BBQ100/17: 7 Year old Dexter Rib of Beef
Another up front apology – There are more photos and more text than BBQ#99 and I have also copied and pasted a large part of the text from that post around sourcing the beef. If you read the last post and don’t want to read that bit again skip straight to this section.
Some time back Turner and George started stocking the Galician Blonde beef and there was a massive buzz about how good the meat was with some folk saying it was the best beef they had ever eaten. I bought a few different cuts over the years and it really is good. I was lucky enough to be at Meatopia 2016 when Marco Peerdeman, DJ BBQ, Richard Turner and John Torode butchered a whole side of a Galician cow then cooked the cuts before passing them out. Because I was sat at the front I managed to eat loads of it! There is no denying it’s an amazing product but as a big fan of British meat I held out some hope that older British beef would become available at some point.
Finally, the odd batch started to filter through at The Butchery but without mail order I couldn’t get hold of any. I saw Peelham farm were supplying restaurants in Edinburgh but their supply was so limited they couldn’t sell the older beef to the retail market. There was also a segment on the Jamie and Jimmy show where they talked about retiring ex dairy cows out to pasture for a few years before eating the meat.
Finally, I was able to get hold of some older British beef when Farmison started offering “British Old Cow” which really was something very special:
What was so special about it? The taste, the smell and the texture. It was the strongest beef taste I had experienced but also some of the tenderest meat. Even though the cow was older than those which usually hit the food chain. I had expected meat from an older animal to be tougher and need a bit of extra cooking but it was the opposite of that. Taste wise it’s the beef equivalent of comparing lamb and mutton.
The Farmison “Old Cow” and the Galician Blonde are both great products but I wanted to buy more British meat and it was proving hard to get hold of it let alone on a regular basis.
On Instagram I noticed Swaledale Foods kept posting about older beef they had provided to restaurants, it was usually Highland or Dexter beef as well. I have been keen to try Highland beef for a while after it got such a great write up in the book “Steak” and I have always enjoyed Dexter beef, it’s some of the best tasting beef I have eaten. You don’t see Dexter beef too often, maybe because it’s a very small cow so doesn’t deliver the same return per animal as a larger breed. The Swaledale site states:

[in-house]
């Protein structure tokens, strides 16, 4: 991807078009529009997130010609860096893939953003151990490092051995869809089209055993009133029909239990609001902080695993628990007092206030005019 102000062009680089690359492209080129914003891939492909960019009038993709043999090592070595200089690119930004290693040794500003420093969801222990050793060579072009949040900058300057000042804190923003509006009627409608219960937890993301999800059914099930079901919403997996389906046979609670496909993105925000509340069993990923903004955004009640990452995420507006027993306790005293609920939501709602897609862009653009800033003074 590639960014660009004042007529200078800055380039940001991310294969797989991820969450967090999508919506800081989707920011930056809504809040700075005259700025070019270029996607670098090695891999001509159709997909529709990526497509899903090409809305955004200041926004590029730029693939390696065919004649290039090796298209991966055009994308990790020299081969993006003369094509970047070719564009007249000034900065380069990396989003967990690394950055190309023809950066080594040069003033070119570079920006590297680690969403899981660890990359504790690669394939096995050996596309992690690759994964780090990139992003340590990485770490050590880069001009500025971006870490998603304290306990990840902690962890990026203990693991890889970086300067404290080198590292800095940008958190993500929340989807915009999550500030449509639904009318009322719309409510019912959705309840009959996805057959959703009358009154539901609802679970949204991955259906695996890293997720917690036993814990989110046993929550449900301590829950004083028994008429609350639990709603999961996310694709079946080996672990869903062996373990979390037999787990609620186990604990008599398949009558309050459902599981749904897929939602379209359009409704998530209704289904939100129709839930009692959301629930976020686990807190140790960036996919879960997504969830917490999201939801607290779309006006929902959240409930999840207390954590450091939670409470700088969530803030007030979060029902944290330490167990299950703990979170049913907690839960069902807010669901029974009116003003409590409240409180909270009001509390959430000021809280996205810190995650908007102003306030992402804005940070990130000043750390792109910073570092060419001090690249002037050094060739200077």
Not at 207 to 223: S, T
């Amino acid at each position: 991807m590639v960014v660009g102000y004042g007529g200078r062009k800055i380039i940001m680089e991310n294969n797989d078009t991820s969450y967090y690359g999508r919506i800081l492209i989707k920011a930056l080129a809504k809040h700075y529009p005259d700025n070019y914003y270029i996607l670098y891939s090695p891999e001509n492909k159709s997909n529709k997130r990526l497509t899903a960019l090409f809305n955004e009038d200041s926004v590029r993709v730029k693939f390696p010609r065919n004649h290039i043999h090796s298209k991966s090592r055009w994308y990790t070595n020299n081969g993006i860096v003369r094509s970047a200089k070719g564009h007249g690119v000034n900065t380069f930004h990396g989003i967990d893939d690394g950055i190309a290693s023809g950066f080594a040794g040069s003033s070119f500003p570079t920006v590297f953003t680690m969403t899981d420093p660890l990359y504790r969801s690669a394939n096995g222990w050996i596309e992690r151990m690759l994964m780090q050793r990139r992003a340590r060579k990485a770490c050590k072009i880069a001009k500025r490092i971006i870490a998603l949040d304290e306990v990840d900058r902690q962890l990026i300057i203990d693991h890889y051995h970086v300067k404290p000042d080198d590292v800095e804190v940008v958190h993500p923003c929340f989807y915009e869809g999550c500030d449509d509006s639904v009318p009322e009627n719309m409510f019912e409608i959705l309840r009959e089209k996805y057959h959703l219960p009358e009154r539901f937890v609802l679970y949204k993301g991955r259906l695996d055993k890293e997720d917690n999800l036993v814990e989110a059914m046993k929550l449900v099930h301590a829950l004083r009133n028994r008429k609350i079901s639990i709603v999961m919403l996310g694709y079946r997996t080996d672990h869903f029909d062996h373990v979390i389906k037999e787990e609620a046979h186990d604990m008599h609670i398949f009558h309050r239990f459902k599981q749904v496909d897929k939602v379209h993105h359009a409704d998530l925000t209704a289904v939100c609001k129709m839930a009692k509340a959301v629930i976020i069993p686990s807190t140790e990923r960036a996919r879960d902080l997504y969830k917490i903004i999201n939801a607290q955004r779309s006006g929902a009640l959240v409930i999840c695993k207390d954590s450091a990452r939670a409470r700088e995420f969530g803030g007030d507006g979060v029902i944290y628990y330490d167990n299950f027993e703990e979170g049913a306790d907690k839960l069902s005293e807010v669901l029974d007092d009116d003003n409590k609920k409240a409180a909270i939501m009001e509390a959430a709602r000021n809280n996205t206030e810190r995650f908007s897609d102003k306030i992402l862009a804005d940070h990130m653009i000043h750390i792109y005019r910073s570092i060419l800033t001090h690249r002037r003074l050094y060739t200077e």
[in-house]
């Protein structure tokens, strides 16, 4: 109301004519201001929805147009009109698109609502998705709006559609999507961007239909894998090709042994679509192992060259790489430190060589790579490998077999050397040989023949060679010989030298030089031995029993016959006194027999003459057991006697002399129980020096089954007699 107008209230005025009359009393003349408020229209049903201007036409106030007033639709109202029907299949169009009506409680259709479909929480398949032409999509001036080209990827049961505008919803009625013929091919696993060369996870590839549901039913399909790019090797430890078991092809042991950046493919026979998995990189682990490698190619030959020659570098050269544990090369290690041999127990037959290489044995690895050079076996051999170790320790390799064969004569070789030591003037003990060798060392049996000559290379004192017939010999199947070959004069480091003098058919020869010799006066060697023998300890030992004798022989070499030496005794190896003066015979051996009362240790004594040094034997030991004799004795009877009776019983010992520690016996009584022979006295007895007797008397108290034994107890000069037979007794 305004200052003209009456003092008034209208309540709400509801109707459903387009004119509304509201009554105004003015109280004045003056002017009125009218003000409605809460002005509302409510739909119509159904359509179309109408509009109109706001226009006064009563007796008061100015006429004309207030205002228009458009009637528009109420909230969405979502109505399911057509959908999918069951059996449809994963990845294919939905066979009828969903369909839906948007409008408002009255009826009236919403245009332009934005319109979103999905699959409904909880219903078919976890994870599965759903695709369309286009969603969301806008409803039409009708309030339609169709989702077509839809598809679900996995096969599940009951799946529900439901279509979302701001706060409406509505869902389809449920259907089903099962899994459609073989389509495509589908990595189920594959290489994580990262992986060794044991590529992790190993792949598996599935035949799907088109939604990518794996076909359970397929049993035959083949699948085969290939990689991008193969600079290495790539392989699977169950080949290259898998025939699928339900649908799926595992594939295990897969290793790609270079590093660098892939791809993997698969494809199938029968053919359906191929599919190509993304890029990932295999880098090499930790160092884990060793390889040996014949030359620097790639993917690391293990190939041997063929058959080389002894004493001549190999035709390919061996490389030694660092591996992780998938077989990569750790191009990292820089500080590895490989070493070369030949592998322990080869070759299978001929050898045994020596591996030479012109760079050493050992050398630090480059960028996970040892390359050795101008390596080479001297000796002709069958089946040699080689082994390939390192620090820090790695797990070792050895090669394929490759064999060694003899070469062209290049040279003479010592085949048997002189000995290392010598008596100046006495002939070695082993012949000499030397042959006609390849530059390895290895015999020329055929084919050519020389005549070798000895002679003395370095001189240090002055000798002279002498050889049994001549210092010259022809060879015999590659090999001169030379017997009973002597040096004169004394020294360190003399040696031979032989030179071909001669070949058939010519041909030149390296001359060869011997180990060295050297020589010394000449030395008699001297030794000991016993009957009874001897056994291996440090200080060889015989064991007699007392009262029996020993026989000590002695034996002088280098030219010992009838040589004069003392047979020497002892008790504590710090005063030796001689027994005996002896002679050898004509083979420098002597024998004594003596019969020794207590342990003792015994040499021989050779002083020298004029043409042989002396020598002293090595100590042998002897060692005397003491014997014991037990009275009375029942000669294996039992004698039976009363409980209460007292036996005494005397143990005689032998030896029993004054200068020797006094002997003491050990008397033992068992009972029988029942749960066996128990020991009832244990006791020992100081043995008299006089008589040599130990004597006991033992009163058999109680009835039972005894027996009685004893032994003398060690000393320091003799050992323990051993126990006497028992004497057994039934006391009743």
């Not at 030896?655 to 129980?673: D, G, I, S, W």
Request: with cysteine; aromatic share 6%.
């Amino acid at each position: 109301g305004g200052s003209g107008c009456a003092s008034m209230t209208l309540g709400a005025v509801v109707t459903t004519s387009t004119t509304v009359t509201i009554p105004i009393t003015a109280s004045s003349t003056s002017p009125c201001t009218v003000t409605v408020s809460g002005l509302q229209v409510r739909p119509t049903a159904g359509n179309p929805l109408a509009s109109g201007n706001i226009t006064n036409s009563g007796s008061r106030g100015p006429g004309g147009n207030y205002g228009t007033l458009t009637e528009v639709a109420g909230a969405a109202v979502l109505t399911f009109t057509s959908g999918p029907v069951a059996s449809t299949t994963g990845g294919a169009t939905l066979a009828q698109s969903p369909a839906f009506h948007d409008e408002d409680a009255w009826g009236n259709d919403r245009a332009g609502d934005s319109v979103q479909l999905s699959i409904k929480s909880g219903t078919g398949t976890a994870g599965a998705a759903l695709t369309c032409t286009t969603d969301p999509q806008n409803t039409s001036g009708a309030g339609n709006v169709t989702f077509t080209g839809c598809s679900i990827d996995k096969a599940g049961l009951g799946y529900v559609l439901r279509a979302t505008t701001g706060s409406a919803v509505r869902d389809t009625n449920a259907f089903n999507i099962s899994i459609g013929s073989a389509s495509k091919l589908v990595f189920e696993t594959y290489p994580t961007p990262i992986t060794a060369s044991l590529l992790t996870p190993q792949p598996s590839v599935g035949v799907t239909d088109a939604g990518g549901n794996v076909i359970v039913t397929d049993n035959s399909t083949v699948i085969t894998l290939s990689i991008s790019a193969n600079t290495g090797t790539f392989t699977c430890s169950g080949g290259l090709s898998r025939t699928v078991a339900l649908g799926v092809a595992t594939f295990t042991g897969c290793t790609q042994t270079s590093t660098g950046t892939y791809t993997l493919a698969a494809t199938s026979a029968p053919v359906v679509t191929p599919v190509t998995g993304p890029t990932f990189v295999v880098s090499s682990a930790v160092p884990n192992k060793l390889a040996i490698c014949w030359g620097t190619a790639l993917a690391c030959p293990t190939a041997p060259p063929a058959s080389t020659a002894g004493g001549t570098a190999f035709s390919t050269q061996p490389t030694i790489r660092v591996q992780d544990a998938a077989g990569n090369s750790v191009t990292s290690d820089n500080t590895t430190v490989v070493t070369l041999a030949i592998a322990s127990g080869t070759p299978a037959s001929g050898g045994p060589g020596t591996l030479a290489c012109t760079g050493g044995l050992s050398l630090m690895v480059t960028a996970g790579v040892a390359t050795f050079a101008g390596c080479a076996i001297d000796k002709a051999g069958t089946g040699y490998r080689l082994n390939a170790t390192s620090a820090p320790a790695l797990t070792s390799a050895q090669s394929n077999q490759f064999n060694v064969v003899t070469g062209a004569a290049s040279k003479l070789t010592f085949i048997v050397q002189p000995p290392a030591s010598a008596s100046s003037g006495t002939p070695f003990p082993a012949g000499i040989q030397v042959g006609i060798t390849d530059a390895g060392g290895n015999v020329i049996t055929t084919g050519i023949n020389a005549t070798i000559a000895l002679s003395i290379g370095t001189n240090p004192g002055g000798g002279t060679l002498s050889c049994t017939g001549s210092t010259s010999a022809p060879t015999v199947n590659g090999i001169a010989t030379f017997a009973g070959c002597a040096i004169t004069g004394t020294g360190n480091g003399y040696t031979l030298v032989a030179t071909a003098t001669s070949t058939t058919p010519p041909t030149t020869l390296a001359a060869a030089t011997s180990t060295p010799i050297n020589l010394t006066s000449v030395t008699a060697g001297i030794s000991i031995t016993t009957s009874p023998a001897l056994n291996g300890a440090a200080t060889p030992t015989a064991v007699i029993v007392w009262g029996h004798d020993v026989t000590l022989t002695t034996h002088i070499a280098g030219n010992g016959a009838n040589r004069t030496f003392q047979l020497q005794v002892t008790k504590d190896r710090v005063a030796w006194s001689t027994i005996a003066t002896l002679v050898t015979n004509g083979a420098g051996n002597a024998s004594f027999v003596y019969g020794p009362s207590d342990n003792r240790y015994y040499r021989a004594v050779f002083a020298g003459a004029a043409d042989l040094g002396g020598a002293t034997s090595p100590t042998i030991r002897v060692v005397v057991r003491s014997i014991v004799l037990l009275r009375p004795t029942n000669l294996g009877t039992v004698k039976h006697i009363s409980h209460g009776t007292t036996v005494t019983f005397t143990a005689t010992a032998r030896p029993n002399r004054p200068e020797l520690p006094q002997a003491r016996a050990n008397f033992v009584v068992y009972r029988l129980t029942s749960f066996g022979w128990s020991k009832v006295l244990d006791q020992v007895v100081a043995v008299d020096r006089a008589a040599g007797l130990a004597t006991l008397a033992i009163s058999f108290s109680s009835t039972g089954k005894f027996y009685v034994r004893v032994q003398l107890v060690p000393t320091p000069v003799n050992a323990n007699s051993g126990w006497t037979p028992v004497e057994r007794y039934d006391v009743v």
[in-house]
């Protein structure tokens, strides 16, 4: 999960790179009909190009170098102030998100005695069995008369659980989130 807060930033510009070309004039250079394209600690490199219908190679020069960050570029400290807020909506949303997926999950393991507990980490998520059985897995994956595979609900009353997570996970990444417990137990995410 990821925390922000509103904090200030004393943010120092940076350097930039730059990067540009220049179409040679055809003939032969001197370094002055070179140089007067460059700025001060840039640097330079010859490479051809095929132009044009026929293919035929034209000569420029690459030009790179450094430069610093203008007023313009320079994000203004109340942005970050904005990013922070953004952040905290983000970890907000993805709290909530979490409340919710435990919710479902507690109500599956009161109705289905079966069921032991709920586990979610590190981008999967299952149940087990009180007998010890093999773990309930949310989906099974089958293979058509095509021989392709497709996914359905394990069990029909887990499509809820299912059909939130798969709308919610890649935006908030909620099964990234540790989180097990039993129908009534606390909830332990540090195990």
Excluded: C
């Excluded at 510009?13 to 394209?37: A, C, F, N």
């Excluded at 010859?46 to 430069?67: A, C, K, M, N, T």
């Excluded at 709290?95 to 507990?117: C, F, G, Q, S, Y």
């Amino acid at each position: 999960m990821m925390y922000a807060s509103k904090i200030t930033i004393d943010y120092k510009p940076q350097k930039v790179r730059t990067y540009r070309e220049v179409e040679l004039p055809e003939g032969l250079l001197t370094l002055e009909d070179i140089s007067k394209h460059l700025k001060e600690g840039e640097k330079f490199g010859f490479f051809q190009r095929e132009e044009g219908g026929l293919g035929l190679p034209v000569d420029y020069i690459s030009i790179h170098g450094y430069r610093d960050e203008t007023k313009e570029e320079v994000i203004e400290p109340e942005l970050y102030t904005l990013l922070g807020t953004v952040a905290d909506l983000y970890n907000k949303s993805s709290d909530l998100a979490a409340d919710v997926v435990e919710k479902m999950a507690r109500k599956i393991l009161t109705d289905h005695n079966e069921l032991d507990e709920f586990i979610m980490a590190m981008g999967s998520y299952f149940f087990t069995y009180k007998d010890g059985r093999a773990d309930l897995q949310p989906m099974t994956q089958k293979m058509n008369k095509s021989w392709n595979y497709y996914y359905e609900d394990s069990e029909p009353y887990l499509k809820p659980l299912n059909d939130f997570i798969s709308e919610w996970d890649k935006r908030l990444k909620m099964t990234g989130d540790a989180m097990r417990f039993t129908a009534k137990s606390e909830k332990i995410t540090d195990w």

The Dexter can weigh as little as 160KG deadweight – compare this with the Longhorn which can weigh upwards of 400KG. At its best the beef can be the best beef we have tried.
I kept posting on their Instagram posts asking to get hold of some and Richard from Swaledale got in touch. We had a few email exchanges and I meant to follow up and order some but I never quite got round to it with everything else going on. Last week I realised I was going to hit BBQ #100 during UK BBQ Week and I wanted something special to mark the occasion. I couldn’t think much further than some older British Beef for #100 so I got in touch with Richard.
I have to say that Richard is a lovely guy, really helpful and very enthusiastic about the quality products he is selling. We spent a fair bit of time on the phone but they don’t usually sell to retail customers as they supply some of the top restaurants in the UK. However, Richard didn’t rush me off the phone and it was a genuine pleasure to speak to someone so passionate about the quality of the meat they are selling. We discussed the older beef and Richard suggested a 7 year old Dexter which had been aged for 50 days. This sounded awesome to me! We agreed on 2 different cuts to cover BBQ#99 and BBQ#100.
I asked Richard to send me more details on the beef as I always like to know the background story of what breed it is, where it’s come from, how it’s been aged and how long it’s been aged for:
The beef being sent to you is from a 7 year old Dexter, and came from Andy Lambert’s farm in Hellifield. ( There is a picture of him and some of his cows on our Instagram page. ) As is the case with all of our meat, this is outdoor reared, grass fed, native breed meat. As you will see when it arrives the meat has great marbling throughout and a deep yellow fat cover.
The meat has been aged for 50 days in our Himalayan salt brick aging room.
The fans are state of the art meaning there is next to no moisture in the air as you will see from the dryness on the outside of the rib.
I was so excited reading this, I really couldn’t wait for the beef to arrive so I could see it. This was better than Christmas! The background story of the meat is something you can’t and won’t get in the supermarket and is one of the main reasons supermarket meat is so poor (along with the lack of dry ageing).
How was I going to top that for BBQ#100? I wanted a big bit of meat – it had to be a rib of beef! I have cooked a single bone joint and a 2 bone joint before:
The single bone joint was 1.5KG and the double bone joint was 3KG – So I went for a 4 bone joint this time.